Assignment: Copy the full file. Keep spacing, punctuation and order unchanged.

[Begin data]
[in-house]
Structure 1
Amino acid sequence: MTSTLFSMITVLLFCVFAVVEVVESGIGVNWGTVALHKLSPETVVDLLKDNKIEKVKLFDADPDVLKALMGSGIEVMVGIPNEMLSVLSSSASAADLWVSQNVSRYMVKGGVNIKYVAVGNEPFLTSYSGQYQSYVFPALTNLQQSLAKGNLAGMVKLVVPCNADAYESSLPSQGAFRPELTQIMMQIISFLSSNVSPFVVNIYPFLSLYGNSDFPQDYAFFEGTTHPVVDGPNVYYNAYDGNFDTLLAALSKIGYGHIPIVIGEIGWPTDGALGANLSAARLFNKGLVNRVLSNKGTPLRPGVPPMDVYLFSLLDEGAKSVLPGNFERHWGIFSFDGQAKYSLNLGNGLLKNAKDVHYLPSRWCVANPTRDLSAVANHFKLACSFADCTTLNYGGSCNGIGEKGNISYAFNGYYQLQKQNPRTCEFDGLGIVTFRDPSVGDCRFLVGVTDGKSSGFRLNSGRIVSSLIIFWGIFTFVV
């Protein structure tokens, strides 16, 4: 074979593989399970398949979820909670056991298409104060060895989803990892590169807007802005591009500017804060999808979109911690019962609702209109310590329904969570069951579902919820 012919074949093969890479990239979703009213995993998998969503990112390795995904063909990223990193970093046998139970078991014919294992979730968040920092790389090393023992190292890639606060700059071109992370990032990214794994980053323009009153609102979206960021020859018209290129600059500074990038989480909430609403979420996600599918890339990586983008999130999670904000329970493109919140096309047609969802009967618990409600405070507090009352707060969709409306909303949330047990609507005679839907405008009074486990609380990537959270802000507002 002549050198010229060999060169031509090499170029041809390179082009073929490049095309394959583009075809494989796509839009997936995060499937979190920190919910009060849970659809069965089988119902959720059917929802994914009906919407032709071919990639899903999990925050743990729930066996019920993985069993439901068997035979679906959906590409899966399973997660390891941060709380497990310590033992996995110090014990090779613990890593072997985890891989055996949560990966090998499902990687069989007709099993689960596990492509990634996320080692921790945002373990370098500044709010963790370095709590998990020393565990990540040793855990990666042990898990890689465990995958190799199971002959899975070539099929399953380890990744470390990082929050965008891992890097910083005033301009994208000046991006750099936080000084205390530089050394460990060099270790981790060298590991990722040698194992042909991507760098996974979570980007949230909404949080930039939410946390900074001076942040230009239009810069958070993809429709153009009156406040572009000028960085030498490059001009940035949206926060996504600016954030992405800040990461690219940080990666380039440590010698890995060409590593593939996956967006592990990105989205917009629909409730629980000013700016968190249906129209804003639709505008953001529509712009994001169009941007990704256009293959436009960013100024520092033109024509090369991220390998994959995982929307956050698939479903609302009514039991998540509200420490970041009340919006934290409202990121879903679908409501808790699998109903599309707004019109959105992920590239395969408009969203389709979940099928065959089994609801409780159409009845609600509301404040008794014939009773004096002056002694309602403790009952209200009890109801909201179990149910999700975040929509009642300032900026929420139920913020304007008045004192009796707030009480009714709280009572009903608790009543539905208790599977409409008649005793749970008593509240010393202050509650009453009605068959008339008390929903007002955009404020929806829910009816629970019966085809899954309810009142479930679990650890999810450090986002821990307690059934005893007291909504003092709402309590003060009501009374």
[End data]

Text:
[in-house]
Structure 1
Amino acid sequence: MTSTLFSMITVLLFCVFAVVEVVESGIGVNWGTVALHKLSPETVVDLLKDNKIEKVKLFDADPDVLKALMGSGIEVMVGIPNEMLSVLSSSASAADLWVSQNVSRYMVKGGVNIKYVAVGNEPFLTSYSGQYQSYVFPALTNLQQSLAKGNLAGMVKLVVPCNADAYESSLPSQGAFRPELTQIMMQIISFLSSNVSPFVVNIYPFLSLYGNSDFPQDYAFFEGTTHPVVDGPNVYYNAYDGNFDTLLAALSKIGYGHIPIVIGEIGWPTDGALGANLSAARLFNKGLVNRVLSNKGTPLRPGVPPMDVYLFSLLDEGAKSVLPGNFERHWGIFSFDGQAKYSLNLGNGLLKNAKDVHYLPSRWCVANPTRDLSAVANHFKLACSFADCTTLNYGGSCNGIGEKGNISYAFNGYYQLQKQNPRTCEFDGLGIVTFRDPSVGDCRFLVGVTDGKSSGFRLNSGRIVSSLIIFWGIFTFVV
């Protein structure tokens, strides 16, 4: 074979593989399970398949979820909670056991298409104060060895989803990892590169807007802005591009500017804060999808979109911690019962609702209109310590329904969570069951579902919820 012919074949093969890479990239979703009213995993998998969503990112390795995904063909990223990193970093046998139970078991014919294992979730968040920092790389090393023992190292890639606060700059071109992370990032990214794994980053323009009153609102979206960021020859018209290129600059500074990038989480909430609403979420996600599918890339990586983008999130999670904000329970493109919140096309047609969802009967618990409600405070507090009352707060969709409306909303949330047990609507005679839907405008009074486990609380990537959270802000507002 002549050198010229060999060169031509090499170029041809390179082009073929490049095309394959583009075809494989796509839009997936995060499937979190920190919910009060849970659809069965089988119902959720059917929802994914009906919407032709071919990639899903999990925050743990729930066996019920993985069993439901068997035979679906959906590409899966399973997660390891941060709380497990310590033992996995110090014990090779613990890593072997985890891989055996949560990966090998499902990687069989007709099993689960596990492509990634996320080692921790945002373990370098500044709010963790370095709590998990020393565990990540040793855990990666042990898990890689465990995958190799199971002959899975070539099929399953380890990744470390990082929050965008891992890097910083005033301009994208000046991006750099936080000084205390530089050394460990060099270790981790060298590991990722040698194992042909991507760098996974979570980007949230909404949080930039939410946390900074001076942040230009239009810069958070993809429709153009009156406040572009000028960085030498490059001009940035949206926060996504600016954030992405800040990461690219940080990666380039440590010698890995060409590593593939996956967006592990990105989205917009629909409730629980000013700016968190249906129209804003639709505008953001529509712009994001169009941007990704256009293959436009960013100024520092033109024509090369991220390998994959995982929307956050698939479903609302009514039991998540509200420490970041009340919006934290409202990121879903679908409501808790699998109903599309707004019109959105992920590239395969408009969203389709979940099928065959089994609801409780159409009845609600509301404040008794014939009773004096002056002694309602403790009952209200009890109801909201179990149910999700975040929509009642300032900026929420139920913020304007008045004192009796707030009480009714709280009572009903608790009543539905208790599977409409008649005793749970008593509240010393202050509650009453009605068959008339008390929903007002955009404020929806829910009816629970019966085809899954309810009142479930679990650890999810450090986002821990307690059934005893007291909504003092709402309590003060009501009374």